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The History of Religion and the Absolute Religion

  • Walter Jaeschke
Part of the Archives Internationales D’Histoire Des Idées / International Archives of the History of Ideas book series (ARCH, volume 121)

Abstract

“History is no place for absolute religions and absolute personalities”. So, at least, we are told by Ernst Troeltsch, in his book Die Absolutheit des Christentums und die Religionsgeschichte2. And this affirmation in no way expresses a truism. Troeltsch’s book appeared at the beginning of the 20th century, and he is here giving expression to a point of view that gradually took shape and became accepted as the spell of Hegelian philosophy was broken during the second half of the 19th century. The statement does, however, become a truism if it defines the concepts of the Absolute and history in such a way that their incompatibility follows from the definitions themselves.And it then wins an easy victory over Hegel’s philosophy if it grasps his talk of absoluteness and history as merely juxtaposing them in this trite fashion.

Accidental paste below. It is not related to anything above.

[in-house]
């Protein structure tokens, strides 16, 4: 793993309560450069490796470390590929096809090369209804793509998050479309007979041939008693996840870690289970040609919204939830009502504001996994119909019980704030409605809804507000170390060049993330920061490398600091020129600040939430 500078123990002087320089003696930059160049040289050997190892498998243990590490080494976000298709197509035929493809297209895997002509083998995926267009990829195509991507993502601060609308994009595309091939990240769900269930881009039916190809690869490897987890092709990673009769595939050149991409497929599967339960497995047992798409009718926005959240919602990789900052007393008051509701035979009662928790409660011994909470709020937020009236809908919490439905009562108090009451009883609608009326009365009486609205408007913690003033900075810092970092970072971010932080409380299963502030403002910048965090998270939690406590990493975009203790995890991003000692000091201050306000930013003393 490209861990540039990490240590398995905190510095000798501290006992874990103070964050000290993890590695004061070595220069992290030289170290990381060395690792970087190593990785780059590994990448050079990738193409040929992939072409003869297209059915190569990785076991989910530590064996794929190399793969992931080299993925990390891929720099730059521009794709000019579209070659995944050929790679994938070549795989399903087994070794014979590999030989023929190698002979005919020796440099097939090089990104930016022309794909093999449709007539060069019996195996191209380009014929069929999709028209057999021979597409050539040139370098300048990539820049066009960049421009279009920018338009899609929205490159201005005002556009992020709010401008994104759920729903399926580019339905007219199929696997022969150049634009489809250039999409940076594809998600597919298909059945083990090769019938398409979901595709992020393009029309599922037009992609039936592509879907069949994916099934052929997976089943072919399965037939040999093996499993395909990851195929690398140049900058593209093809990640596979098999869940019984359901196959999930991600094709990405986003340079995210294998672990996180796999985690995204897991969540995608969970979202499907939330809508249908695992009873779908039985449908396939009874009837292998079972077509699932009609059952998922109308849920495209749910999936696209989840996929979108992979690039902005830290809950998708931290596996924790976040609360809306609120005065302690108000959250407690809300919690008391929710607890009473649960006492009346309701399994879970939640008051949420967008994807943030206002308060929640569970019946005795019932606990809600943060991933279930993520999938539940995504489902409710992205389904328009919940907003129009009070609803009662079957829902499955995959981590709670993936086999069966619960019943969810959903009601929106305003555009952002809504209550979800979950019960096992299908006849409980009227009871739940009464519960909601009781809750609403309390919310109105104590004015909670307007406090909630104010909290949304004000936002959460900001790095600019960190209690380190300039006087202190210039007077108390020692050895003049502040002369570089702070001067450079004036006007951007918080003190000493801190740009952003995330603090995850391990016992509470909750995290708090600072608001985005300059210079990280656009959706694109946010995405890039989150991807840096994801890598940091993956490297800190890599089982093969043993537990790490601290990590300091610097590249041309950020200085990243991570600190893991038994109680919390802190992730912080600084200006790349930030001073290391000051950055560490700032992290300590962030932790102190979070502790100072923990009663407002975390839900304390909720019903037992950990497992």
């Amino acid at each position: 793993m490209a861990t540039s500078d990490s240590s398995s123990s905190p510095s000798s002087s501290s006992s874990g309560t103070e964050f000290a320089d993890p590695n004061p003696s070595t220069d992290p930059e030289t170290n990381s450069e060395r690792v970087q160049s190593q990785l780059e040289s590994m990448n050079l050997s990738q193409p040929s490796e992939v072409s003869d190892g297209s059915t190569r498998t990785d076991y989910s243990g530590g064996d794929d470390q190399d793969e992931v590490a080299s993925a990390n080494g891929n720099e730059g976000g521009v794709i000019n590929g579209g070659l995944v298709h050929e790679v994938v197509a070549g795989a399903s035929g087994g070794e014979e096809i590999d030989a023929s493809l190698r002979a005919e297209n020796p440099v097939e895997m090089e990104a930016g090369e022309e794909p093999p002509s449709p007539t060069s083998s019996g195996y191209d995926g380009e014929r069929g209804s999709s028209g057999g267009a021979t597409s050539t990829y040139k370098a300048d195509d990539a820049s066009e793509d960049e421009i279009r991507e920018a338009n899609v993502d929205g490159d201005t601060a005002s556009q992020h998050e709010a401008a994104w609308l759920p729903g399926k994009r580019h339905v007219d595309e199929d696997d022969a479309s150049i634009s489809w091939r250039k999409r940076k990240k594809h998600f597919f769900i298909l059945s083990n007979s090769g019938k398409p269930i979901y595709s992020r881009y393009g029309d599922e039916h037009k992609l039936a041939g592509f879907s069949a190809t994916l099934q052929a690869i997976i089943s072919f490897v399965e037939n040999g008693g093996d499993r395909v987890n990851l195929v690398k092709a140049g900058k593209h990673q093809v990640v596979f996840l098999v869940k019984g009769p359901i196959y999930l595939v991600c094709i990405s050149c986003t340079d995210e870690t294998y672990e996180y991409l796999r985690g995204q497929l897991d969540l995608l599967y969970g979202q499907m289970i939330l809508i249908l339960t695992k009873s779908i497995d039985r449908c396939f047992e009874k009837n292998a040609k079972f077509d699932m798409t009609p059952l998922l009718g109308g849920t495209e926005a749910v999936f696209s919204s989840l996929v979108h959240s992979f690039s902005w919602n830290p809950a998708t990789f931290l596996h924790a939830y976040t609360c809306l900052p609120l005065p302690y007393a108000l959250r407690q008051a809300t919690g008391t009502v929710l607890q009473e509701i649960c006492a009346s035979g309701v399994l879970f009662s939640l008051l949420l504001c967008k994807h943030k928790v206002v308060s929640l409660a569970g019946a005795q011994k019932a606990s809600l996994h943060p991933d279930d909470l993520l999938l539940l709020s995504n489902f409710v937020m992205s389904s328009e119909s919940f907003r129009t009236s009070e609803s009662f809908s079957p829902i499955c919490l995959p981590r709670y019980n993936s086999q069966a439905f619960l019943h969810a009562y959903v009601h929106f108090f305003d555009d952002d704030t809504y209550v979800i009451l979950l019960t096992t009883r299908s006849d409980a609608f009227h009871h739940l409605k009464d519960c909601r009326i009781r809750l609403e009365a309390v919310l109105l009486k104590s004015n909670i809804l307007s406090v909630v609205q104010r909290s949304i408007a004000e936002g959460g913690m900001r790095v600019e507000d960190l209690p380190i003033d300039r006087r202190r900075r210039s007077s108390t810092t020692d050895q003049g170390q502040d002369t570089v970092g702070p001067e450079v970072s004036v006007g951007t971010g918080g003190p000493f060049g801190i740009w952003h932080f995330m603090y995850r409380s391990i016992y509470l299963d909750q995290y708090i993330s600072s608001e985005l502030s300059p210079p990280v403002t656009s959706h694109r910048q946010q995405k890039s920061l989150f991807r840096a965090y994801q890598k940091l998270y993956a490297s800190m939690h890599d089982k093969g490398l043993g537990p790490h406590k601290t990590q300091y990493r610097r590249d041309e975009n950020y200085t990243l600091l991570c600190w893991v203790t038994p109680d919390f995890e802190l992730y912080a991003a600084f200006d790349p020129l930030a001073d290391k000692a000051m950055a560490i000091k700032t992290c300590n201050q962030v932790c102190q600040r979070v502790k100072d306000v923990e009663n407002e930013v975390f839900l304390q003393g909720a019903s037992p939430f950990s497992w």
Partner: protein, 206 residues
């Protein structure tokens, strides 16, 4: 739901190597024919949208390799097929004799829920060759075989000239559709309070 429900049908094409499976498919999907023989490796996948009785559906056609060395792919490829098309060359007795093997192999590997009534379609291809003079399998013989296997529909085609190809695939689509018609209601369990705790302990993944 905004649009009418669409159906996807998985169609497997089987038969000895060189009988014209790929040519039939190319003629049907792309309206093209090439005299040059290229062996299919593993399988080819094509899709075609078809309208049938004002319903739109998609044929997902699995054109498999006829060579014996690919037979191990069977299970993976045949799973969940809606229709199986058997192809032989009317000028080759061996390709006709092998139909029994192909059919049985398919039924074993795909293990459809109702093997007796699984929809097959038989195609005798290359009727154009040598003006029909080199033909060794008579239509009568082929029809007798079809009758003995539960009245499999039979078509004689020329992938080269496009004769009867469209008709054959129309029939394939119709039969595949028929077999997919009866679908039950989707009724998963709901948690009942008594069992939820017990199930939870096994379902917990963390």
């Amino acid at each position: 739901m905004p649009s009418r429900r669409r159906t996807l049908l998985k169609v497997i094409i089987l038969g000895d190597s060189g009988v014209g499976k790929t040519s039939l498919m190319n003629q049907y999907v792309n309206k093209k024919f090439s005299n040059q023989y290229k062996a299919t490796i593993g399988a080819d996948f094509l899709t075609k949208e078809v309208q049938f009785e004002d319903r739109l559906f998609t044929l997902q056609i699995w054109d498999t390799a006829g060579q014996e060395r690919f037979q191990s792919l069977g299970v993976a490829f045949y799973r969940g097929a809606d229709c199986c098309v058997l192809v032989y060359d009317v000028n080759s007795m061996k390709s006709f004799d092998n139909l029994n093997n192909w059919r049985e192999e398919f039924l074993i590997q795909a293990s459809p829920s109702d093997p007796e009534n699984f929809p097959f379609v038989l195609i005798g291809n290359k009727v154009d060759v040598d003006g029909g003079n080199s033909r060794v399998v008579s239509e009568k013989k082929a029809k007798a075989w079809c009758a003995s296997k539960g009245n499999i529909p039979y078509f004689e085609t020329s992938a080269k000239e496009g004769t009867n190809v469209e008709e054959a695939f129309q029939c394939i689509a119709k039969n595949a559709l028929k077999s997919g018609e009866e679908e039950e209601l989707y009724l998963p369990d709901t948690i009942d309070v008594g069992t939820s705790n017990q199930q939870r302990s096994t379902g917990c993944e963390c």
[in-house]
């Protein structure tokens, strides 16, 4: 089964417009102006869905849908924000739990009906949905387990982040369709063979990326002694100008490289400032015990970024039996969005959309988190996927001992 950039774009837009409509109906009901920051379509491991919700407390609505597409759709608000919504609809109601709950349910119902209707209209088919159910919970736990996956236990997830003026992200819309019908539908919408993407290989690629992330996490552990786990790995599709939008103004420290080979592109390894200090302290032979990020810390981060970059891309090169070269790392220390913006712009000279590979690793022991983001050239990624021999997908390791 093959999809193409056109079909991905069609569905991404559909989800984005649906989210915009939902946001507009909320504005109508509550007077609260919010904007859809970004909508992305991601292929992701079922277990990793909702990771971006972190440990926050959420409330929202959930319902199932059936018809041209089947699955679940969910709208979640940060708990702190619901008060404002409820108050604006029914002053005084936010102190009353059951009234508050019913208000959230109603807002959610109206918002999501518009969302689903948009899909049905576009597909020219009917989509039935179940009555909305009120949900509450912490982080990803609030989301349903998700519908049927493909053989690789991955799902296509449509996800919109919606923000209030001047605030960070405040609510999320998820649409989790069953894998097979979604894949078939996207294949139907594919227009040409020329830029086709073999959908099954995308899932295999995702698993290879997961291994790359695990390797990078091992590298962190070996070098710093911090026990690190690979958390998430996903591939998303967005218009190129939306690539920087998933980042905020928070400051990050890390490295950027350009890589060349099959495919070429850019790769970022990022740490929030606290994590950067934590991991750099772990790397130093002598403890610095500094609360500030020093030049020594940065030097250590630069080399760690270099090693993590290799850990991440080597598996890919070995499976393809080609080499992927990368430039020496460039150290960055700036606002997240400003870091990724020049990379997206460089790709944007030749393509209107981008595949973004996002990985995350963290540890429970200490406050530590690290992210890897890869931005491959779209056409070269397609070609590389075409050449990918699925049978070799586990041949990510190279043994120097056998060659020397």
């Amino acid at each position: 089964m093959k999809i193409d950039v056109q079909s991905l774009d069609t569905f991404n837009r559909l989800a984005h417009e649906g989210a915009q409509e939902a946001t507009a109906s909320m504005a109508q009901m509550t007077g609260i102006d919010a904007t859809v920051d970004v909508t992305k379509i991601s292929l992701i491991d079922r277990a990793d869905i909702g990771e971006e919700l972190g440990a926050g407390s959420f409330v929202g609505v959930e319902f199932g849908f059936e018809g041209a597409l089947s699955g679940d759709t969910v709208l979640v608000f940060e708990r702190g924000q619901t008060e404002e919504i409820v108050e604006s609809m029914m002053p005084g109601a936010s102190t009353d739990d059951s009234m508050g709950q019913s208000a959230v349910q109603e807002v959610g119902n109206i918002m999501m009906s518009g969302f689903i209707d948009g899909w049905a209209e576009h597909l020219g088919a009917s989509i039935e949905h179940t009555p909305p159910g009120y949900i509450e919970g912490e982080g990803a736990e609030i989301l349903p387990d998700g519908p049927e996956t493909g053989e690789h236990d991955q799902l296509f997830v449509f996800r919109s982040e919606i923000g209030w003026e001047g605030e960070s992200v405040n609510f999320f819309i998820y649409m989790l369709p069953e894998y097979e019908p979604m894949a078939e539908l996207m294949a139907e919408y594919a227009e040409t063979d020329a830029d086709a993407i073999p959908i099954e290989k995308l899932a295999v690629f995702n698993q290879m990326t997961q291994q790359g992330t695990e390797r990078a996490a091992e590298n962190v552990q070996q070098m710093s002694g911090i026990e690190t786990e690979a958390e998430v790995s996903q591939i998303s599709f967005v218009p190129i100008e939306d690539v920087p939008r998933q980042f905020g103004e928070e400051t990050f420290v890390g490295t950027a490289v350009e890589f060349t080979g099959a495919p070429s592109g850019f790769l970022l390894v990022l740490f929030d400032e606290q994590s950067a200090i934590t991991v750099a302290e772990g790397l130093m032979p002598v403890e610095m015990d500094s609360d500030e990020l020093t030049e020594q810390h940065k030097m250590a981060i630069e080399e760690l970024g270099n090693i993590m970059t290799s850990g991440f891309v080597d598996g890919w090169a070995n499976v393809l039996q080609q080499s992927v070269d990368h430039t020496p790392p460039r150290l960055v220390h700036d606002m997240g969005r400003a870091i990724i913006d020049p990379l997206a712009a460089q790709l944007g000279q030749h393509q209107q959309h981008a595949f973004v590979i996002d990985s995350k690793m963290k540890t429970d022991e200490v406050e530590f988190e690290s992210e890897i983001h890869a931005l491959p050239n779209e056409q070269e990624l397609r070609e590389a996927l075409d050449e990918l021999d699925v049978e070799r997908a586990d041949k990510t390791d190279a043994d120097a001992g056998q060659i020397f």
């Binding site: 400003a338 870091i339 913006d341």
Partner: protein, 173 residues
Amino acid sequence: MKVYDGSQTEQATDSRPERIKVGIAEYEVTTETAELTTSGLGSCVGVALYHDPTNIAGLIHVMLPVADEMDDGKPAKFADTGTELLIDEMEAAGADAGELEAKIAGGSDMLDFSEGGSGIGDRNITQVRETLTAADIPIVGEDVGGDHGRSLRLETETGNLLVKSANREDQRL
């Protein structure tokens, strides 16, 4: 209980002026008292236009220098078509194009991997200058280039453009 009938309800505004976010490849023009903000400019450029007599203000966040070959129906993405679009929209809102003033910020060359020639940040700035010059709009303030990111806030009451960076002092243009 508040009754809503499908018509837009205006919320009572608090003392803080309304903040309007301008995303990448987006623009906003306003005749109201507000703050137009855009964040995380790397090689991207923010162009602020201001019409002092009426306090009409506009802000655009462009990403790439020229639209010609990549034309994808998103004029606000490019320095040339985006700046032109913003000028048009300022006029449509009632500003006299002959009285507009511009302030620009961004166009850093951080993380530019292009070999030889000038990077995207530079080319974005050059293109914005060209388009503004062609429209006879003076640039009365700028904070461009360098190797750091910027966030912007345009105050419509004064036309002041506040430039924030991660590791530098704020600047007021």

Keywords

Representational Content Lecture Series Preceding History Christian Religion Metaphysical Grounding 
These keywords were added by machine and not by the authors. This process is experimental and the keywords may be updated as the learning algorithm improves.

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Copyright information

© Springer Science+Business Media Dordrecht 1991

Authors and Affiliations

  • Walter Jaeschke
    • 1
  1. 1.Akademie der Wissenschaften zu BerlinBerlinGermany

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